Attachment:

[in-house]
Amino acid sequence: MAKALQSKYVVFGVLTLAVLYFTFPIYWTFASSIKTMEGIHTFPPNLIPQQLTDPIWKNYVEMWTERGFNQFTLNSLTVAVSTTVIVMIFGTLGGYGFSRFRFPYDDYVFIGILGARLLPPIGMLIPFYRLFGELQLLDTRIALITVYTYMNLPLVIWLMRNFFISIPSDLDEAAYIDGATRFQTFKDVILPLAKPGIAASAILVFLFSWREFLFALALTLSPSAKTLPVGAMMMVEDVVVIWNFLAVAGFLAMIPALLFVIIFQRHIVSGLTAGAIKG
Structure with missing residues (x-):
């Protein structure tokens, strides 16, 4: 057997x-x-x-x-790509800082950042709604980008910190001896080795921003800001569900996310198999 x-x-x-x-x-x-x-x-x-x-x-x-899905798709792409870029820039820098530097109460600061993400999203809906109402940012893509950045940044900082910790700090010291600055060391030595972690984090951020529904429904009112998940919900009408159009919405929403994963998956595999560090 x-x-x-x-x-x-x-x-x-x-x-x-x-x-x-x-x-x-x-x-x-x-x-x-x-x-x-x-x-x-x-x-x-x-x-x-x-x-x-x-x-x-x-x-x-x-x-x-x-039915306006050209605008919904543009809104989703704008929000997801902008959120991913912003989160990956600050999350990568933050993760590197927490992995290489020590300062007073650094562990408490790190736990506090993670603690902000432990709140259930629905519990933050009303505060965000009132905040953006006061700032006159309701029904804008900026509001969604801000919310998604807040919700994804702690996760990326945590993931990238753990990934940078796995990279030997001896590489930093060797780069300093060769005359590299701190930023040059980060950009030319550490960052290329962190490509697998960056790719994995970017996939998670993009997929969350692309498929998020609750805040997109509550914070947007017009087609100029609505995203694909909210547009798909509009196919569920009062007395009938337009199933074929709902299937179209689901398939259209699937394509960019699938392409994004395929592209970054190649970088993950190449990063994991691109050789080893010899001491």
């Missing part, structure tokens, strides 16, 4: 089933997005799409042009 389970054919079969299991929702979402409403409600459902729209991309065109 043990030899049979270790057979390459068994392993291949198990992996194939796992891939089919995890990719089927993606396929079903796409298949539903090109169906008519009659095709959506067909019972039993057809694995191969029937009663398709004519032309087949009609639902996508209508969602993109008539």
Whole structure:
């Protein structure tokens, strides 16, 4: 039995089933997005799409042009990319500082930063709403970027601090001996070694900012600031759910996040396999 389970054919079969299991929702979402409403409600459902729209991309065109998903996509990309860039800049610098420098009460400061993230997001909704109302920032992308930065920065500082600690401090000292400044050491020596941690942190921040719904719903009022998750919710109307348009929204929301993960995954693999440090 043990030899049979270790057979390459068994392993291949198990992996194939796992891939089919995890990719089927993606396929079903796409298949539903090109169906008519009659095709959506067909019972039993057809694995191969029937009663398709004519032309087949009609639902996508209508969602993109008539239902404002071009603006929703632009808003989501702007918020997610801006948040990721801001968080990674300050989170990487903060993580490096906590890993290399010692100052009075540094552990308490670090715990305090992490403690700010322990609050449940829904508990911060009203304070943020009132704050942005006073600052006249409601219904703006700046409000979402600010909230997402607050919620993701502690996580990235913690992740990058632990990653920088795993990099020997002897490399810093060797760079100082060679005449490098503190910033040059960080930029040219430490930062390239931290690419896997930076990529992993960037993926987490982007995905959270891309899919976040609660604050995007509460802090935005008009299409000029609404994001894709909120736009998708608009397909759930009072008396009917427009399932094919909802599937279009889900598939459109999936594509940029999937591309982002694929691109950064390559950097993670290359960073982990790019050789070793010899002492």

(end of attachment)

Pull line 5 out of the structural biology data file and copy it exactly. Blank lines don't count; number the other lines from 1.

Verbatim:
């Missing part, structure tokens, strides 16, 4: 089933997005799409042009 389970054919079969299991929702979402409403409600459902729209991309065109 043990030899049979270790057979390459068994392993291949198990992996194939796992891939089919995890990719089927993606396929079903796409298949539903090109169906008519009659095709959506067909019972039993057809694995191969029937009663398709004519032309087949009609639902996508209508969602993109008539």